The Most Extraordinary Woman of the Roman World
by Emma Southon
Pub Date 06 Aug 2019
Talking about this book? Be sure to tag it using #Agrippina #NetGalley
Sister of Caligula. Wife of Claudius. Mother of Nero. The story of Agrippina, at the center of imperial power for three generations, is the story of the Julio-Claudia dynasty—and of Rome itself, at its bloody, extravagant, chaotic, ruthless, and political zenith.
In her own time, she was recognized as a woman of unparalleled power. Beautiful and intelligent, she was portrayed as alternately a ruthless murderer and helpless victim, the most loving mother and the most powerful woman of the Roman empire, using sex, motherhood, manipulation, and violence to get her way, and single-minded in her pursuit of power for herself and her son, Nero.
This book follows Agrippina as a daughter, born in Cologne, to the expected heir to Augustus’s throne; as a sister to Caligula who raped his sisters and showered them with honors until they attempted rebellion against him and were exiled; as a seductive niece and then wife to Claudius who gave her access to near unlimited power; and then as a mother to Nero—who adored her until he had her assassinated.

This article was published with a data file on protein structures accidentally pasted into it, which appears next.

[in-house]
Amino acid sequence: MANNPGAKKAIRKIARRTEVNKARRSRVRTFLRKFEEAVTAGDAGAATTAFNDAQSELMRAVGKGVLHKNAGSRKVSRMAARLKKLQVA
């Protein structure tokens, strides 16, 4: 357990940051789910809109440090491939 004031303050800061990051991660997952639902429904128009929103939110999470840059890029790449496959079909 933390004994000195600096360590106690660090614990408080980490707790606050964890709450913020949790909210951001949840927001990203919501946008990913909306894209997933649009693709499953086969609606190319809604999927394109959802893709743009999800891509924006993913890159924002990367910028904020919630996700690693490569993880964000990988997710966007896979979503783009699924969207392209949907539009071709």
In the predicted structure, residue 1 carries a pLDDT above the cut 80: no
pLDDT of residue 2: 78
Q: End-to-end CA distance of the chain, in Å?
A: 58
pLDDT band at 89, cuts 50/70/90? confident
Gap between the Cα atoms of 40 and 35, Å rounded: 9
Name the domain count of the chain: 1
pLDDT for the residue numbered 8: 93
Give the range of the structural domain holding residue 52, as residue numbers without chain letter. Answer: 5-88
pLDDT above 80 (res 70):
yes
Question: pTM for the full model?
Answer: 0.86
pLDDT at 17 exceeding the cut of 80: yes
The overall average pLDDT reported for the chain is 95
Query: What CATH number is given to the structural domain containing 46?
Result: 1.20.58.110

Through senatorial political intrigue, assassination attempts, and exile to a small island, to the heights of imperial power, thrones, and golden cloaks and games and adoration, Agrippina scaled the absolute limits of female power in Rome. Her biography is also the story of the first Roman imperial family—the Julio-Claudians—and of the glory and corruption of the empire itself.
About the Author: Emma Southon has a PhD in Ancient History from the University of Birmingham and researches subjects of sex, the family, gender, and religion. She holds a long running obsession with the bad guys of the Roman empire, blogs at Agrippinilla.com, and tweets at @NuclearTeeth.
“A lively and intermittently potty-mouthed biography of Nero's remarkable mother contains fascinating vignettes of Roman life, and explores why Roman authors wrote about women in the way that they did.” - The New Statesman